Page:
For the last meet up of USK Reading in 2019 we sketched at the Santa run and Forbury Gardens Christmas fair. It was very cold, so frozen fingers all round, but it was clear and dry and there were many Santas and little elves milling around for a good hour so plenty of time to capture some of them on paper.Continue reading “Santas & Snowmen”
Back in September I went on a small tour of Portugal, sketching all the way. We started in Lisbon where I over ambitiously tried to sketch while queuing to get into the Jeronimos Monastery. Much harder than it looks to walk and paint without falling over.Continue reading “Portugal”
Today I joined the Reading Urban Sketchers at a special event drawing the annual conference of the British Association of Friends of Museums at Reading Town Hall.Continue reading “BAfM Conference”
I spent this morning with the Reading urban sketchers at the Thames Valley Farmer’s Market, which takes over the Reading cattle market, on the outskirts of the town centre every third Saturday of the month. I came away with a few sketch, some cheese, butter and coffee beans :)
I’d planned on some ink and watercolour sketching but couldn’t find the bag I’d left my sketchbook in so ended up working on the iPad.
My favourite things were all the different patterned plastic tablecloths.
Today, for the first time, I took my iPad out to try digital urban sketching. It was a nice day and the annual cheese festival was on in the park in town so I found a bench and sketched away. It was good but a few differences to note compared to regular sketching:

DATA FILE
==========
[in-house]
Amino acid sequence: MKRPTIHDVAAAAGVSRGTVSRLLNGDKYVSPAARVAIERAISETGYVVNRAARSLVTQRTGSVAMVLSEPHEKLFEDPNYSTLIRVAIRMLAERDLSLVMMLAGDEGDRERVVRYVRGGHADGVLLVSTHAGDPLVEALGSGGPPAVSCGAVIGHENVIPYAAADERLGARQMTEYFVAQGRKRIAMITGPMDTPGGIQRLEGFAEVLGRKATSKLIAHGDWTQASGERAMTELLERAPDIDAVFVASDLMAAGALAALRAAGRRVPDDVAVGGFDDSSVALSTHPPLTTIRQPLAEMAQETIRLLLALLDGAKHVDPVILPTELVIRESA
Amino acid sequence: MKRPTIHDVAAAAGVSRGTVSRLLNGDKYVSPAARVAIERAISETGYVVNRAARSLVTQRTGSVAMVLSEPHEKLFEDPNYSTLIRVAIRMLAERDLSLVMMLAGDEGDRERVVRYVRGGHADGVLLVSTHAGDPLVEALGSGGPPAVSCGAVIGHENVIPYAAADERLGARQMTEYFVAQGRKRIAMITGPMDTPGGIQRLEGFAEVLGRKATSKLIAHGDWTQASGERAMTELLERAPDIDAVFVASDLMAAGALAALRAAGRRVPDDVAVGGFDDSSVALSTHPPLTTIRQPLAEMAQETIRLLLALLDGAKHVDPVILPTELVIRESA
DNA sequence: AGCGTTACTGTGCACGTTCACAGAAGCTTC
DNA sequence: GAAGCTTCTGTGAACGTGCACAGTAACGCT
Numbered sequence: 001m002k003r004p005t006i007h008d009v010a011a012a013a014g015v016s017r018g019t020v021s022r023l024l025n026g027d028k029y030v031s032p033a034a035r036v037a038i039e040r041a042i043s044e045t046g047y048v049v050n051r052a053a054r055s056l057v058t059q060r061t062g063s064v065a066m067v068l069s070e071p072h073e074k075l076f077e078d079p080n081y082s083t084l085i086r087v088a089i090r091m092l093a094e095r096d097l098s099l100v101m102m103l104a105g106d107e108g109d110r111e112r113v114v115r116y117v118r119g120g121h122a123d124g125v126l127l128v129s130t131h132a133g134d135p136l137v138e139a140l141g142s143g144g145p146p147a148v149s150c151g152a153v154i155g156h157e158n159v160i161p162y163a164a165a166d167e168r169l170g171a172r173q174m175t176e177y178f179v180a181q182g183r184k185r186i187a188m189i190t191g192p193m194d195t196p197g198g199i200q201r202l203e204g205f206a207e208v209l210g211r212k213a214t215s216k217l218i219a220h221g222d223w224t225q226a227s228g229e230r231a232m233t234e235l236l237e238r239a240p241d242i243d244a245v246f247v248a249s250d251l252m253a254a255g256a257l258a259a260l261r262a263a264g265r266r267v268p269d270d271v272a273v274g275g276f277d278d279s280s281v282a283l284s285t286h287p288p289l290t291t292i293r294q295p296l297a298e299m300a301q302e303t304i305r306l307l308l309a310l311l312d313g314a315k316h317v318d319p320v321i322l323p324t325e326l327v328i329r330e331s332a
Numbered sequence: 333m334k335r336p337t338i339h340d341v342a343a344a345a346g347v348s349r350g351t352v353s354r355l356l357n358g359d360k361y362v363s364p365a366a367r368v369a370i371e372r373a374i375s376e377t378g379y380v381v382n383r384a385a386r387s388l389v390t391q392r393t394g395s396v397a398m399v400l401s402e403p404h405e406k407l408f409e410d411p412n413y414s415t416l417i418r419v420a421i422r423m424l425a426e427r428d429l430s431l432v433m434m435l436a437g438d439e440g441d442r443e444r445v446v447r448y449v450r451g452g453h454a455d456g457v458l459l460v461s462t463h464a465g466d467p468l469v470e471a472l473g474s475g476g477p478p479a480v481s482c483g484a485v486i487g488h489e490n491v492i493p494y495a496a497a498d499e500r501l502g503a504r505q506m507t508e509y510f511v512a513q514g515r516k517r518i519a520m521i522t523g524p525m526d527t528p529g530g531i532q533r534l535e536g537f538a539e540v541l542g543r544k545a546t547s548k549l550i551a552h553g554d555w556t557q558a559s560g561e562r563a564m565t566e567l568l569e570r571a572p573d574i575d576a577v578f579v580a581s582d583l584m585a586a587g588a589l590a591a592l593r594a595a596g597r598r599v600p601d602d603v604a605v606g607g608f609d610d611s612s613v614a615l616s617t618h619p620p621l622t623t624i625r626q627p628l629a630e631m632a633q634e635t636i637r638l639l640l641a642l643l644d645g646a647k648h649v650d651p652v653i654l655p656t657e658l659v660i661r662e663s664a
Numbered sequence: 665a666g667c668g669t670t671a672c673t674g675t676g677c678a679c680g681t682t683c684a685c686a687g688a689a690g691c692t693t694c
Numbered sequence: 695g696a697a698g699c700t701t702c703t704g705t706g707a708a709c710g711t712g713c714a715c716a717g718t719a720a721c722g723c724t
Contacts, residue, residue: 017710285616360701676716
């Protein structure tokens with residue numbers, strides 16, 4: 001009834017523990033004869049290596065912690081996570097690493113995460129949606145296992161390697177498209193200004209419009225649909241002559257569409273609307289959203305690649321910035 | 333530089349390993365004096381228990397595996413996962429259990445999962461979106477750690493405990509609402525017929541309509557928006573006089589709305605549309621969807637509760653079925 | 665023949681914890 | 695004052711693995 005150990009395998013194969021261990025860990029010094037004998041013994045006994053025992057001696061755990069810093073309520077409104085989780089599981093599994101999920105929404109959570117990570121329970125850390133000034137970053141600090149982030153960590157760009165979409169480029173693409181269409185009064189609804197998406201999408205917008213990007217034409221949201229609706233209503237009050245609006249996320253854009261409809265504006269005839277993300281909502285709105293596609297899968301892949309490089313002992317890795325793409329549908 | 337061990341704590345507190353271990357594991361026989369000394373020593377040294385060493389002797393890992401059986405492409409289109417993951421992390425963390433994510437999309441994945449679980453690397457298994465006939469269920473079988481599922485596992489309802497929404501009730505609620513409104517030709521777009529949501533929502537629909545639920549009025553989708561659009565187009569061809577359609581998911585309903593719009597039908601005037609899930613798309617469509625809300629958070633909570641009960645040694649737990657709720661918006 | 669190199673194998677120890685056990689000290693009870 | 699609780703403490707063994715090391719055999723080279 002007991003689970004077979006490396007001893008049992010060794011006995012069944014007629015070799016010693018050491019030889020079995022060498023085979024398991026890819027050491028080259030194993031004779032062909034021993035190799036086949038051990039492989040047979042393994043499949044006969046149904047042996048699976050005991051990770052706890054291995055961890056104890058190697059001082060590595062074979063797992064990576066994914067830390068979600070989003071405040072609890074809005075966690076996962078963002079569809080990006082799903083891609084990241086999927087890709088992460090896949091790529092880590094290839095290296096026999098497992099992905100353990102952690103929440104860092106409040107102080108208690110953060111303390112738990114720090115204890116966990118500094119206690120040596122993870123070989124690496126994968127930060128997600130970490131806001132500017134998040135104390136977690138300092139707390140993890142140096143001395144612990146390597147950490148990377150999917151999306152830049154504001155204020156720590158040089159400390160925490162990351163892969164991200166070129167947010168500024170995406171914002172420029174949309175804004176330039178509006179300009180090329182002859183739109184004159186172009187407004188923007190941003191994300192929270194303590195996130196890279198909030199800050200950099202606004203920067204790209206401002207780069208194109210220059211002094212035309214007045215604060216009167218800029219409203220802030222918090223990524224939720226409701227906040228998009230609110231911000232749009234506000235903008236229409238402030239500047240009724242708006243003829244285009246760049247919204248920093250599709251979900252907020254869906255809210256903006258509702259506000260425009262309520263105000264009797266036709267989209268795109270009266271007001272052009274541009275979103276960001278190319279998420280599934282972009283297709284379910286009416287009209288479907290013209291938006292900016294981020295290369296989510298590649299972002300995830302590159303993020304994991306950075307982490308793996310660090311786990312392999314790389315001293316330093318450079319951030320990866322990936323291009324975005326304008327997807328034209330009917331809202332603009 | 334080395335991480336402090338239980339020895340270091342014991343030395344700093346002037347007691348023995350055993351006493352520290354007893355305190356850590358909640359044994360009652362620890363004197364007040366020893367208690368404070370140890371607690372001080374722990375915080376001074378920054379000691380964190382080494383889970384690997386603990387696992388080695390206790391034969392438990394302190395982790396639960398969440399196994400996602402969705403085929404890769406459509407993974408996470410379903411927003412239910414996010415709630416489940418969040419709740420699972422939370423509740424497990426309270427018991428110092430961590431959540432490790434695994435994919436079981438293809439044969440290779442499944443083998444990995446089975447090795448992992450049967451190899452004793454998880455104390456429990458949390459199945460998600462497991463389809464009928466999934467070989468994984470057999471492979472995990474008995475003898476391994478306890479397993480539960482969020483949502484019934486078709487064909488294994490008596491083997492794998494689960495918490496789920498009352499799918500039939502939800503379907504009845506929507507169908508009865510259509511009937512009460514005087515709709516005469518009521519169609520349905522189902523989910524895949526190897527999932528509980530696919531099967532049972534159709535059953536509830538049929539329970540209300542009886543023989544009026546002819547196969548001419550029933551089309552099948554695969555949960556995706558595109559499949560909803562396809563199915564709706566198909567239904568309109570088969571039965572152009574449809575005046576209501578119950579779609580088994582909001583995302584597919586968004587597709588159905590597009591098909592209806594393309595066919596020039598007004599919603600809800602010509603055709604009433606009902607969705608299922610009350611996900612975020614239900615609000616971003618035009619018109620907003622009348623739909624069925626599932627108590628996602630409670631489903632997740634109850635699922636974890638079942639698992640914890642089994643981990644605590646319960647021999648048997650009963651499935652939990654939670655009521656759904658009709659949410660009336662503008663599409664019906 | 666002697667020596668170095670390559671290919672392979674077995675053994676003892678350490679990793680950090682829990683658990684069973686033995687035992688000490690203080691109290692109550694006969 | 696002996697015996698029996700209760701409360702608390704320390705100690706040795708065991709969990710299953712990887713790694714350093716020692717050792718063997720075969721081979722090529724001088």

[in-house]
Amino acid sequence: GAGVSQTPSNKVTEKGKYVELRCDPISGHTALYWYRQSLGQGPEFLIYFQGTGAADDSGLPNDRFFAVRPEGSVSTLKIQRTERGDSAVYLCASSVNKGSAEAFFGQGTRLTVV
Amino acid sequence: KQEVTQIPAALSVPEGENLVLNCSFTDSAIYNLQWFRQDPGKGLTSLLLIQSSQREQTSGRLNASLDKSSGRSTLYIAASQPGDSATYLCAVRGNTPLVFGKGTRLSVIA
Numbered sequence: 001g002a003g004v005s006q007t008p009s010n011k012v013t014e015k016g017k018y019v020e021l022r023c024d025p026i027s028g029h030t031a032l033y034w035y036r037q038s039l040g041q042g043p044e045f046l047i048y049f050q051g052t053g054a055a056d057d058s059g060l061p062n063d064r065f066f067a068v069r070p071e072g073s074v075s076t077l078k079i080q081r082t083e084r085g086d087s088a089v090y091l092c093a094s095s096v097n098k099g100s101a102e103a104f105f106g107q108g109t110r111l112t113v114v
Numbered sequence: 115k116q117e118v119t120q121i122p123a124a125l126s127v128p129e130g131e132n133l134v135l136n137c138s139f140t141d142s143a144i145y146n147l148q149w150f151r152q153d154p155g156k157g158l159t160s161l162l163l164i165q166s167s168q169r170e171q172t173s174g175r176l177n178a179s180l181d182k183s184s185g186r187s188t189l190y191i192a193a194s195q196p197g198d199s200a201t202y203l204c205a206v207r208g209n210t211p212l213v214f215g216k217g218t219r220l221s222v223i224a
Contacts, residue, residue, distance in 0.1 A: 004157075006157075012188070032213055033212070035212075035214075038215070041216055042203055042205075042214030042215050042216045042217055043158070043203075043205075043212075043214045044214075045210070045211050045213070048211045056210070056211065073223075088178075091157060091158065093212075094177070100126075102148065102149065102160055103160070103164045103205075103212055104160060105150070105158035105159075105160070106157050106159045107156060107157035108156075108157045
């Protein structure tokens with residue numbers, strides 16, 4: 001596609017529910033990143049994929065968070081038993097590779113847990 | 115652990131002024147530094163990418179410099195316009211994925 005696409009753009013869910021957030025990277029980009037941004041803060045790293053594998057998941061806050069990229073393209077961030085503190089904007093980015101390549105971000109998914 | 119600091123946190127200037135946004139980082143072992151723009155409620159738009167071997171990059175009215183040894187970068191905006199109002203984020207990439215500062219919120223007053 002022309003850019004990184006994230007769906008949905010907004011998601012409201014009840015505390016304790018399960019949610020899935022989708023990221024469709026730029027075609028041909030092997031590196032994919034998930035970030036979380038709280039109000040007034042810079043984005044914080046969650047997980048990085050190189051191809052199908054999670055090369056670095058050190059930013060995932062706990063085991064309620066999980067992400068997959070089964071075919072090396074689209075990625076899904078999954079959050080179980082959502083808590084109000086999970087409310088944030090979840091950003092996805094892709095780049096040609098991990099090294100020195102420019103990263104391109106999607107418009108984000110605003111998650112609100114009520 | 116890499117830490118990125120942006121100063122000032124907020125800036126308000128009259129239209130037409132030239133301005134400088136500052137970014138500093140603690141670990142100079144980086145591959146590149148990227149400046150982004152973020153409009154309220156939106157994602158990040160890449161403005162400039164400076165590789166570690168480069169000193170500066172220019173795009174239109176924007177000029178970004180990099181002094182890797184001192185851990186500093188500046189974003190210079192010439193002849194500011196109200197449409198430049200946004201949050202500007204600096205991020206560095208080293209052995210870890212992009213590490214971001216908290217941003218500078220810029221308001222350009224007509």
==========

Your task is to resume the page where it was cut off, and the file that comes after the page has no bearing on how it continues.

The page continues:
In the sun the screen can be difficult to see – sometimes this was just colours not looking right but sometimes I couldn’t see much at all
The iPad is *heavy*. I did think about this when I decided to buy the large version and it is too heavy to hold out and sketch for a long time but I don’t regret getting the bigger version in the slightest.
The ability to undo and redo layers and endlessly tweak means that I took far longer over this one sketch than I usually would any regular pencil and watercolour urban sketch.
I’ll have another go sometime but I’m secretly glad that the paper is not being put out of business just yet :)
Cemetery Junction is a crossroads just outside Reading City centre, made famous by the film of the same name by Ricky Gervais and Stephen Merchant.
I spent Sunday morning drawing in the walled cemetery with the Reading Urban Sketchers. It was a gloriously sunny day and lots of people turned up to soak in the atmosphere and be creative.
I focused on watercolour sketching some of the various statues and then, with 10 minutes until we were due to meet up, I quickly drew the entrance scene above in coloured pencil.
The throw down photo at the end of this post is just a small section of the sketches produced – several people had to leave early and then the wind picked up so we had to snap and move on before our sketchbooks blew away.
Today I joined the Reading Urban Sketchers at the Hexagon Theatre in Reading to draw and paint the musicians during a rehearsal of the Royal Philharmonic Orchestra. It was an amazing experience and a great privilege.
We spread ourselves out around the balcony and settled down to a solid hour and a half of sketching where we couldn’t move position in case we disturbed the rehearsal.
Since there’s a lot of moving around on stage and the light level was too low to be caught up in details my approach was to concentrate on the rhythm and feel of the room. I created many quick sketches, far more than shown here. At times I found myself drawing with the pace of the music – faster and faster!
we then had a little congregation and comparison of what we’d been up to. I was very impressed with all the watercolour people had managed in the gloom we were working in.